The Pirates got a break from their six-game losing streak as the moved on to Cincinnati. Meanwhile, let’s take a quick look at the farm system.
The Pirates in 1979 had five affiliates. One was the GCL Pirates, which we can look at later in the season. The others were the Portland Beavers (AAA Pacific Coast League), Buffalo Bisons (AA Eastern League), Salem Pirates (A Carolina League), and Shelby Pirates (A Western Carolinas League). I’m not sure whether the two class A leagues broke down quite as easily into high A and low A the way they do now, but it looks like the Carolina League served pretty much the same function as now. The Western Carolinas League later got absorbed into the South Atlantic League.
By 1979, the Bucs’ farm system was declining from a long stretch of high productivity.* From roughly the mid-1960s to the late-1970s, the system churned out talent like St. Louis has done in recent years. But there were some interesting players still. There was no BA then, so I don’t know what a Pirates’ top 30 prospects would have looked like. I can, however, mention some of the players who ultimately reached the bigs.
The Beavers had a few notable hitters on the roster. For part of the season, they had Dale Berra, although he opened the year with the Pirates. Probably the most notable position player was infielder Vance Law, son of the Deacon. Outfielder Alberto Lois had created some excitement a couple years earlier with a big season in AA, but things didn’t go well from there. Infielder Tommy Sandt had gotten a little time in the majors and went on to become a manager in the minors.
The pitching staff was more interesting. It included a young Dominican prospect, righty Pascual Perez, who’d skipped over AA. The team also had two live-armed lefties, Rod Scurry and Al Holland, who were transitioning to relief. Two other lefties, Rick Jones and Al Warthen, were the team’s top starters and ultimately saw some time in the majors.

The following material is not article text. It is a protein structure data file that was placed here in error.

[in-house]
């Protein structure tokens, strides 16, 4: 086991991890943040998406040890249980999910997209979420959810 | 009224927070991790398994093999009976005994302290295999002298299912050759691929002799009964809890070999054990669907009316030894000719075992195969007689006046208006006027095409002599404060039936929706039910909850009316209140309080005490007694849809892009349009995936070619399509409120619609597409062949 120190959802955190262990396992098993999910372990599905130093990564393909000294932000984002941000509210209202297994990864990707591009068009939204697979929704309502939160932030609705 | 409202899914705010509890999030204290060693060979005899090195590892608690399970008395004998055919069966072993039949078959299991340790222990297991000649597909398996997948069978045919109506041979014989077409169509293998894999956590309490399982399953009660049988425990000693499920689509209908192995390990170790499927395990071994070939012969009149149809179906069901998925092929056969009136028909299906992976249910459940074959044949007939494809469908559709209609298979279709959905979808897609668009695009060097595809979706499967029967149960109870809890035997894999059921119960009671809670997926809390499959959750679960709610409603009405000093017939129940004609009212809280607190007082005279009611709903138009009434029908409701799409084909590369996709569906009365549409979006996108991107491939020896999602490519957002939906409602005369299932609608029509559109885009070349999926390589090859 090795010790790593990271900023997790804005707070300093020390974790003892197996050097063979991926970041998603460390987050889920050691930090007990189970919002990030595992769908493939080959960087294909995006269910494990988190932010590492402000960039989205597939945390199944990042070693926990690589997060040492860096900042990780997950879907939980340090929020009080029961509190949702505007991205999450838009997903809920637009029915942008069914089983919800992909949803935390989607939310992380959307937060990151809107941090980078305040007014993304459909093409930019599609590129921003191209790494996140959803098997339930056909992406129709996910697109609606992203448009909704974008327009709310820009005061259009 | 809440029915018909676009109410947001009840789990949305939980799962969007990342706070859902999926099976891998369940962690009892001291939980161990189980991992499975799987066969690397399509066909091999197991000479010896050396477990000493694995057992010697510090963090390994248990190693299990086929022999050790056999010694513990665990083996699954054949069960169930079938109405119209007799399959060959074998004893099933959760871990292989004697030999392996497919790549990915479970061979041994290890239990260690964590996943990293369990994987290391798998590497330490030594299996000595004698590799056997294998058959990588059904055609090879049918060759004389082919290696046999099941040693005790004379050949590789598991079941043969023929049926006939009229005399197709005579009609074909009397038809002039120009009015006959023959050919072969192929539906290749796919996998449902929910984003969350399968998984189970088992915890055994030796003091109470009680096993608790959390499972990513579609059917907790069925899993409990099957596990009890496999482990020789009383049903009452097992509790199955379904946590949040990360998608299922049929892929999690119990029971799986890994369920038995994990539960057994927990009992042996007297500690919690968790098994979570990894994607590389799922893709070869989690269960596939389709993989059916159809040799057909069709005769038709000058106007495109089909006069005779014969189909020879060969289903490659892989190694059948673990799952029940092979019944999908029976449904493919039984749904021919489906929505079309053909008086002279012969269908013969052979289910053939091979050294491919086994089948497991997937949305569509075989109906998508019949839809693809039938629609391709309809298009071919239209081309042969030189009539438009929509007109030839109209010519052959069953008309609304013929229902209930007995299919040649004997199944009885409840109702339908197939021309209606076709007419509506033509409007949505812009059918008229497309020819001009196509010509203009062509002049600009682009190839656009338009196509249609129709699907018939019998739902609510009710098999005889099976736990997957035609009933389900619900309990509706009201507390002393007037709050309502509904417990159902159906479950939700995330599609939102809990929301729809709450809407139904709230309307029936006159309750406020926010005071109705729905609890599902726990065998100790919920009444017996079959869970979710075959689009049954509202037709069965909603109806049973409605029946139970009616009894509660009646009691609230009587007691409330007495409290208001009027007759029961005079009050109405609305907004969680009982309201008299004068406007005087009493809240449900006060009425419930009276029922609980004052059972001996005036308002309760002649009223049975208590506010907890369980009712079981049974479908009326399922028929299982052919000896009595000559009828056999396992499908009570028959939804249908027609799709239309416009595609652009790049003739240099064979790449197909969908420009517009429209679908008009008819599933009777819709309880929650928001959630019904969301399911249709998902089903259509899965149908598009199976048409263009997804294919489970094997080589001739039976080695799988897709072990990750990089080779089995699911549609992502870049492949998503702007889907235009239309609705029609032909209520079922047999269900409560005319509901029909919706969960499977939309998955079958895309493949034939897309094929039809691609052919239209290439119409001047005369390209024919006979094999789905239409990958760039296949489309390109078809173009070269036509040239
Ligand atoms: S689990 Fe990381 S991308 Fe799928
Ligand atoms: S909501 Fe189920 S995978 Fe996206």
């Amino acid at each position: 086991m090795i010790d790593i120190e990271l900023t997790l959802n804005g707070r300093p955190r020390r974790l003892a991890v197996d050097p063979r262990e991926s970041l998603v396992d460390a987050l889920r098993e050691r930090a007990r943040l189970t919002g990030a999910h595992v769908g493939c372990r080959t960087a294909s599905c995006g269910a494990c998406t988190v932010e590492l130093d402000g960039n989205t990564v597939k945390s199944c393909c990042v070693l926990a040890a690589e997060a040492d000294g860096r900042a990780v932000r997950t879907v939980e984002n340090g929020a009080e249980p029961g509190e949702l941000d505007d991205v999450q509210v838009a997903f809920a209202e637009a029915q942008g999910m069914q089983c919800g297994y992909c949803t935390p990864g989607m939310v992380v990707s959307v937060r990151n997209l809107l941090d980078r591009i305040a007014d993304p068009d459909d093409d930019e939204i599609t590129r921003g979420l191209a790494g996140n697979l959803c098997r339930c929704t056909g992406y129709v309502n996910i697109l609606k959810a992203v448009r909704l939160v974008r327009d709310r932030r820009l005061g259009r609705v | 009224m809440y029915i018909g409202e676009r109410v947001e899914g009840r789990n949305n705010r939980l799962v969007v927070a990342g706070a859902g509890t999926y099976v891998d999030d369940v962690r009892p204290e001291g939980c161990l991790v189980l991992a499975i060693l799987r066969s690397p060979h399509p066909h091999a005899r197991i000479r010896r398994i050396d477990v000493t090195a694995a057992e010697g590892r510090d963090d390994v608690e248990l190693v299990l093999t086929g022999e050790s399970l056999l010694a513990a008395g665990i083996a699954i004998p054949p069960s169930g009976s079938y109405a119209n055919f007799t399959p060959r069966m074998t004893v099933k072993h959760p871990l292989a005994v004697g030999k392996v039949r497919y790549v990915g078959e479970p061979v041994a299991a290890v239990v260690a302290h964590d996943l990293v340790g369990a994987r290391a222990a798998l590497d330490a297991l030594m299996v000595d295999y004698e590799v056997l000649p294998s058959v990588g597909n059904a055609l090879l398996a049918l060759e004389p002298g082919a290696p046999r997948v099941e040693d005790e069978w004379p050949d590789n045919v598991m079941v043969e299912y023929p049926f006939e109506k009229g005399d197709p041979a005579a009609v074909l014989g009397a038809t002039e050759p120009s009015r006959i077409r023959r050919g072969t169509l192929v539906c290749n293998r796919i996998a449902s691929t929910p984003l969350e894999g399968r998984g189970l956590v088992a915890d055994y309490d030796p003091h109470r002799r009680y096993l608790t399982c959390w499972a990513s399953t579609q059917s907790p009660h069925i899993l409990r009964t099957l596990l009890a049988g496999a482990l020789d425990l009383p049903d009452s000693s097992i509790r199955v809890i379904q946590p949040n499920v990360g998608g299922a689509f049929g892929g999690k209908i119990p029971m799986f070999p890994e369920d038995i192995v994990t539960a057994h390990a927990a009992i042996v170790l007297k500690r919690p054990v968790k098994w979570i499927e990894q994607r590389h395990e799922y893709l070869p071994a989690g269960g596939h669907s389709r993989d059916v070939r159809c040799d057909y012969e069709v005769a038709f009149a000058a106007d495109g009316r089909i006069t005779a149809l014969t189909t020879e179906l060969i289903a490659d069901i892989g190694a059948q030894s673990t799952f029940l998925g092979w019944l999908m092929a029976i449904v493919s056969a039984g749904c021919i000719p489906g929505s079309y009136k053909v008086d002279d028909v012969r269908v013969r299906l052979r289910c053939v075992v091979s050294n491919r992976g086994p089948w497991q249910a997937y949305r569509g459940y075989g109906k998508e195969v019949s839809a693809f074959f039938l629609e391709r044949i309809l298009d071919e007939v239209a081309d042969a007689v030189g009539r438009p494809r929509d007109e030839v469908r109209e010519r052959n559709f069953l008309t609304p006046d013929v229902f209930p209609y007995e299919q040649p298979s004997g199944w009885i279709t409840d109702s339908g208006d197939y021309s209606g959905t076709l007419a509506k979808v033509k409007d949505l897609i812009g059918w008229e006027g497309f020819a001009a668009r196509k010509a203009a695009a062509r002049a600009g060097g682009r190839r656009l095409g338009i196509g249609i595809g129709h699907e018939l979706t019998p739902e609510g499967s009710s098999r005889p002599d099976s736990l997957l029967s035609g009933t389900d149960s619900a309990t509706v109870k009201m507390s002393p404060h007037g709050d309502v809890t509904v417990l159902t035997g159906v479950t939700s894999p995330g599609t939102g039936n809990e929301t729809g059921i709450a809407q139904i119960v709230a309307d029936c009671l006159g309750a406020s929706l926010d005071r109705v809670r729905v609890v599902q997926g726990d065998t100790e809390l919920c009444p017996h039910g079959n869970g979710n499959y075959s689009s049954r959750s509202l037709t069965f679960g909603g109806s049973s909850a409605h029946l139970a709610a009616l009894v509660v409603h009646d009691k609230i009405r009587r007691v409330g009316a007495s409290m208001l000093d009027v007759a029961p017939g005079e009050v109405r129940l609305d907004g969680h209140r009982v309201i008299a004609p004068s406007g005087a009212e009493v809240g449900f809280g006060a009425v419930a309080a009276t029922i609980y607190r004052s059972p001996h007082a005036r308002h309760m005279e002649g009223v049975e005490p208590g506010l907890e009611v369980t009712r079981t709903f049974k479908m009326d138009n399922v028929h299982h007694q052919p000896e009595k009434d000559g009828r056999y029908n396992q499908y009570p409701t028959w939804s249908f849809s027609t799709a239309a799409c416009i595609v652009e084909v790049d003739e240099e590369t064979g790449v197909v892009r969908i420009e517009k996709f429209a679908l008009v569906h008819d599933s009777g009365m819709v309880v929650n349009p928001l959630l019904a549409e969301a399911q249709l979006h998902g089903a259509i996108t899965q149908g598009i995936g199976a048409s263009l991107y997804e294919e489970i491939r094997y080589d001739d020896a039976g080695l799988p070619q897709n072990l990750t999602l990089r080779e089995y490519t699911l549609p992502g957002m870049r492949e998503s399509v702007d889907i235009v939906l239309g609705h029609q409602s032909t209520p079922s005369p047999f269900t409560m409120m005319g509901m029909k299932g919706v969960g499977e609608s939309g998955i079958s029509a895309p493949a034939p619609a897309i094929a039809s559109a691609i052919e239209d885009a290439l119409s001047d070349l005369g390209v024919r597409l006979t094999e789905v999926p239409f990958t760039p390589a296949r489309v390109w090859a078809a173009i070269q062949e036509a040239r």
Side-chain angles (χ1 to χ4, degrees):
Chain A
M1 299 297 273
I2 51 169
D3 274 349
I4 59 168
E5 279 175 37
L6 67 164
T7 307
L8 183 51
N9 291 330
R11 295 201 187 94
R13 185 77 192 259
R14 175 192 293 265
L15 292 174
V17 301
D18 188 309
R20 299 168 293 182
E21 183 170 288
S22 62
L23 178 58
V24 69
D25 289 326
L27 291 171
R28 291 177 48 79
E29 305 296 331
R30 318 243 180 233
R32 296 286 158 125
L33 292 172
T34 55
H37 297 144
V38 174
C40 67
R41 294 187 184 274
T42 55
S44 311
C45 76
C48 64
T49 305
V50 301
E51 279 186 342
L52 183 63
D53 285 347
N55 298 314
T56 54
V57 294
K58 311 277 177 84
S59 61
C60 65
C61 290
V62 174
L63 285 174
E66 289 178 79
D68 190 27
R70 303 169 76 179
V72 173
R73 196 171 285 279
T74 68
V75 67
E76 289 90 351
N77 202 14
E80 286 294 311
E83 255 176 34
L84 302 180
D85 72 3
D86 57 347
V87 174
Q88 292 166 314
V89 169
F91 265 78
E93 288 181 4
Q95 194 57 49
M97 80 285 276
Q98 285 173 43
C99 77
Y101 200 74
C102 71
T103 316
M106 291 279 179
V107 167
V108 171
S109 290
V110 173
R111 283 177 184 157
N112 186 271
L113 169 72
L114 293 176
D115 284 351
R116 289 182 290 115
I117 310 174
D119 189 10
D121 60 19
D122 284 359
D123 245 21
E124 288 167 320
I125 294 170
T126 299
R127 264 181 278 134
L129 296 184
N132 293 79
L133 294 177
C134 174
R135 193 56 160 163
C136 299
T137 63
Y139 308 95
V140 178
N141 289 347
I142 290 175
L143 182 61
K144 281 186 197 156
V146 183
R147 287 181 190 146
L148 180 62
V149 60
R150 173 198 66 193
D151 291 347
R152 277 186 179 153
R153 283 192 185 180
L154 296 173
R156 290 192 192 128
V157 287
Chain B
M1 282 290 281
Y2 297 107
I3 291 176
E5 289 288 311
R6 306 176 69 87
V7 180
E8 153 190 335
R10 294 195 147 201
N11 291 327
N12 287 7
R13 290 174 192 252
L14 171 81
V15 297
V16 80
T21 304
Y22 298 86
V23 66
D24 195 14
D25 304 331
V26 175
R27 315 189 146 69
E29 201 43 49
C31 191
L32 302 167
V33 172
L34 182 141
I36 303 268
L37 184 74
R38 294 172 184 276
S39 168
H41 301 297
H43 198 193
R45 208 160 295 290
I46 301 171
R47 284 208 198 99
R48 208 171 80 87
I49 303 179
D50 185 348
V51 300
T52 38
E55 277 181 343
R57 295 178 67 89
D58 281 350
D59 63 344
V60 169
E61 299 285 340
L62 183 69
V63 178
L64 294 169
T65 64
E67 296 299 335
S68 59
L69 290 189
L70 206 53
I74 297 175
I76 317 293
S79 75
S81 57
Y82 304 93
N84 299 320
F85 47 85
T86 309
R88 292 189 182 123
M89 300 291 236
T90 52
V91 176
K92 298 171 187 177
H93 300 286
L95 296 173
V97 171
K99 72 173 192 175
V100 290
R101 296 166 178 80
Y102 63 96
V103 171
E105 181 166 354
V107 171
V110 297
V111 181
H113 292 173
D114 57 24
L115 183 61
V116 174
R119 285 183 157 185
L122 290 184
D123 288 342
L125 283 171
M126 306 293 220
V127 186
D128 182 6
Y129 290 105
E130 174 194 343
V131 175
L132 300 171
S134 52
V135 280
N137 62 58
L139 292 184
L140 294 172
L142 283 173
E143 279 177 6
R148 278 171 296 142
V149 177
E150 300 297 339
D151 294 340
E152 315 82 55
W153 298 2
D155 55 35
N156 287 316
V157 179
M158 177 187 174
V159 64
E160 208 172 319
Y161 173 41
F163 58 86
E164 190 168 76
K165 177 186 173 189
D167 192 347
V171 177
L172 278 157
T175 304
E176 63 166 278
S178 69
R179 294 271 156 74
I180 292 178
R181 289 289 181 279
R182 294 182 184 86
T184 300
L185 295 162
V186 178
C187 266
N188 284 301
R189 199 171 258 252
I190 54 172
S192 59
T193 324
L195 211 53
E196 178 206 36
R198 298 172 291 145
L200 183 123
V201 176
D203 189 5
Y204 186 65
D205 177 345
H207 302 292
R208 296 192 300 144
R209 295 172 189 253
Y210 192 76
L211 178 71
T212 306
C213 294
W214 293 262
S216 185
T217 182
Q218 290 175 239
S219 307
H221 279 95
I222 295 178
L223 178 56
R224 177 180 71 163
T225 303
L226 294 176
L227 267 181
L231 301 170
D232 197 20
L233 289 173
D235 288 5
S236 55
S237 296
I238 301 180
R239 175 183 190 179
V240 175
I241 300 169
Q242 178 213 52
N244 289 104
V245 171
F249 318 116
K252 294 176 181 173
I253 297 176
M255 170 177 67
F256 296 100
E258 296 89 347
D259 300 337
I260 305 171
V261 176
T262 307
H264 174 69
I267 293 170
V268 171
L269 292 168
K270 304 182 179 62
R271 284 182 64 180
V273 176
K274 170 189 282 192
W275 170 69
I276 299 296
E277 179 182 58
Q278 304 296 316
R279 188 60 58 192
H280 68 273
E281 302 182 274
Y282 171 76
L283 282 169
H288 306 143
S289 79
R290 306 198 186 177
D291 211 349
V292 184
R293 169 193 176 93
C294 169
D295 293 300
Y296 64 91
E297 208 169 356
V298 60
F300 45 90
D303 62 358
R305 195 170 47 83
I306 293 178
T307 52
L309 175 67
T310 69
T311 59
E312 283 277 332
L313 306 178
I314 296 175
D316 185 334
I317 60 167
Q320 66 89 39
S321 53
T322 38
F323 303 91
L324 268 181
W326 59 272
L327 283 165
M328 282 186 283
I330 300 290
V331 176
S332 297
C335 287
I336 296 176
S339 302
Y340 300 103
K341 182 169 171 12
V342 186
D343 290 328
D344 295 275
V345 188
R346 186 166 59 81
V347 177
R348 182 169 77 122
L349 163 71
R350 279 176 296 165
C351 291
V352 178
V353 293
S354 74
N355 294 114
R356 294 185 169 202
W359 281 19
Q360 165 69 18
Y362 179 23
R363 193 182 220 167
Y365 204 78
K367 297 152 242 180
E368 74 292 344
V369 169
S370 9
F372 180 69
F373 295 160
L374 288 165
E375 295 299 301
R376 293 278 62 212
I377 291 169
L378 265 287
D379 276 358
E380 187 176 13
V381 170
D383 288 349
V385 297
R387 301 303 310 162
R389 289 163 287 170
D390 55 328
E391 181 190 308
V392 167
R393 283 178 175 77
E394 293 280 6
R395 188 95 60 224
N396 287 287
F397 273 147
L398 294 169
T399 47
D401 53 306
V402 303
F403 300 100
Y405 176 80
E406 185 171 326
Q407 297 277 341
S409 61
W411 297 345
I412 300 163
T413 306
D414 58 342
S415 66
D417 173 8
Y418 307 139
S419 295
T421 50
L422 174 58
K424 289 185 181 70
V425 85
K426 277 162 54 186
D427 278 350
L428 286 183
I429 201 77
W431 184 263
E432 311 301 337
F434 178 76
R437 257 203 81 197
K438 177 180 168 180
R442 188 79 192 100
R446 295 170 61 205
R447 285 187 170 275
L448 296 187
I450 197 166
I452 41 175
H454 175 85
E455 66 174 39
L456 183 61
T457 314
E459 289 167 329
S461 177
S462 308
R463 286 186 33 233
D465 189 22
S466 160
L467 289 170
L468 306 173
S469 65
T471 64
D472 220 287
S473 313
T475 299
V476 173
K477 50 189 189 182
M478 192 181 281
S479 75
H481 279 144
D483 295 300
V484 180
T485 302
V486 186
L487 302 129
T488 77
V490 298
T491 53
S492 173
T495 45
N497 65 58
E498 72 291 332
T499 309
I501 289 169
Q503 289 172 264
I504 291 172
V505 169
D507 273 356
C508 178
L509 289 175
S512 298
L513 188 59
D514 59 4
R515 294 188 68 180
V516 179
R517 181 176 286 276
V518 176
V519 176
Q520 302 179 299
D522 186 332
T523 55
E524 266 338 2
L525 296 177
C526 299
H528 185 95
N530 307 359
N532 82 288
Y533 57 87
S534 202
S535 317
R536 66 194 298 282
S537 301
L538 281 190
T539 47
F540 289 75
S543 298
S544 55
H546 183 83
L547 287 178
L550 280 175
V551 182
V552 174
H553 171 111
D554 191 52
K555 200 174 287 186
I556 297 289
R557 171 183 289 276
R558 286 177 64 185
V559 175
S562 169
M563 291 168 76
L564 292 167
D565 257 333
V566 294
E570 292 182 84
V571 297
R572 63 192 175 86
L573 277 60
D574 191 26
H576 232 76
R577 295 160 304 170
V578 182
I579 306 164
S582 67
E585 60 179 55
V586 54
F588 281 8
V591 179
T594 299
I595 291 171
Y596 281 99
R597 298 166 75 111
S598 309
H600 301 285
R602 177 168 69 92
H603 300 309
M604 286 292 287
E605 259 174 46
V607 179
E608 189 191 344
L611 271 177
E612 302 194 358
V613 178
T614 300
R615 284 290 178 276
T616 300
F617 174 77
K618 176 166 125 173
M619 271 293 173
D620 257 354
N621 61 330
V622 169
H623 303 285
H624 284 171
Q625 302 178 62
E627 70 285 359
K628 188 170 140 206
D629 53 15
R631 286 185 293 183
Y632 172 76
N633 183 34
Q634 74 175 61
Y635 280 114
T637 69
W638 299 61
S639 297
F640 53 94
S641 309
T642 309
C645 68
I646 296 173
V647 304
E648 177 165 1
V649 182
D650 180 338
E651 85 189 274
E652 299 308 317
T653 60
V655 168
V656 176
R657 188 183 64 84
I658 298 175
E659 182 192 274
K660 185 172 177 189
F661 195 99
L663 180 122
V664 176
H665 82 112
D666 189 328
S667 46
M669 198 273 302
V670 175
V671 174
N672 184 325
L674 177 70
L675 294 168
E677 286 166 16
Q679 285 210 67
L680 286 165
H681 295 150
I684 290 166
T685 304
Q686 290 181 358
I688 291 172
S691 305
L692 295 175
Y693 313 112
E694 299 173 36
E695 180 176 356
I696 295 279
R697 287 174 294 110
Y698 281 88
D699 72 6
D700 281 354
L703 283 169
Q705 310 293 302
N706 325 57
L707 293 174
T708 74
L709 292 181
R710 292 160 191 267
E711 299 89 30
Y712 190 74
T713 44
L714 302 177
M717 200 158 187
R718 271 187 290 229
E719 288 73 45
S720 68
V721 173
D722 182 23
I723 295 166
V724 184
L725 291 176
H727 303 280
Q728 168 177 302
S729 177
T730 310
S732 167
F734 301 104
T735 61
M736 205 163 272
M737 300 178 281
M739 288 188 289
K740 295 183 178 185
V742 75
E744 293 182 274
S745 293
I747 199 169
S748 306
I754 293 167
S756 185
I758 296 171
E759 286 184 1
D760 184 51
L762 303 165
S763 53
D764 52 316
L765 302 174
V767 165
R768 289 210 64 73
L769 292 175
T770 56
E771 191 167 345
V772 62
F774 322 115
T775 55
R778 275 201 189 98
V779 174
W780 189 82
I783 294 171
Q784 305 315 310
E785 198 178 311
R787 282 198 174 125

The Pirates had a catching prospect in AA who made some noise eventually, name of Tony Pena. The team’s two best hitters, apart from Pena, were outfielders Rick Lancellotti and Luis Salazar. There were two pitchers of note. One was righty Fred Breining, whose name will pop up again in a couple months. Another was lefty Dave Dravecky, a late-round draftee from the previous year.
The most notable position player with the Carolina League affiliate was 19-year-old catcher Junior Ortiz, who’d signed out of Puerto Rico. The most interesting pitcher was Steve Farr, who ultimately had a long big league career as a reliever.
The Shelby Pirates had an outfielder you may remember, Doug Frobel. The team’s big power hitter was first baseman Eddie Vargas, another Puerto Rican signee. The pitching staff was . . . well, not terribly interesting.
*The talent from the system didn’t just surface in Pittsburgh. The Pirates were frequently able to use prospects as chips for productive trades. One relevant example is the Phil Garner trade. To get an idea of some others, you can look here. What I found in writing that piece was that the Pirates made a lot of good trades back in the day, but they generally gave up talent for talent. They didn’t win a bunch of division titles by hosing other teams, they just did a really good job.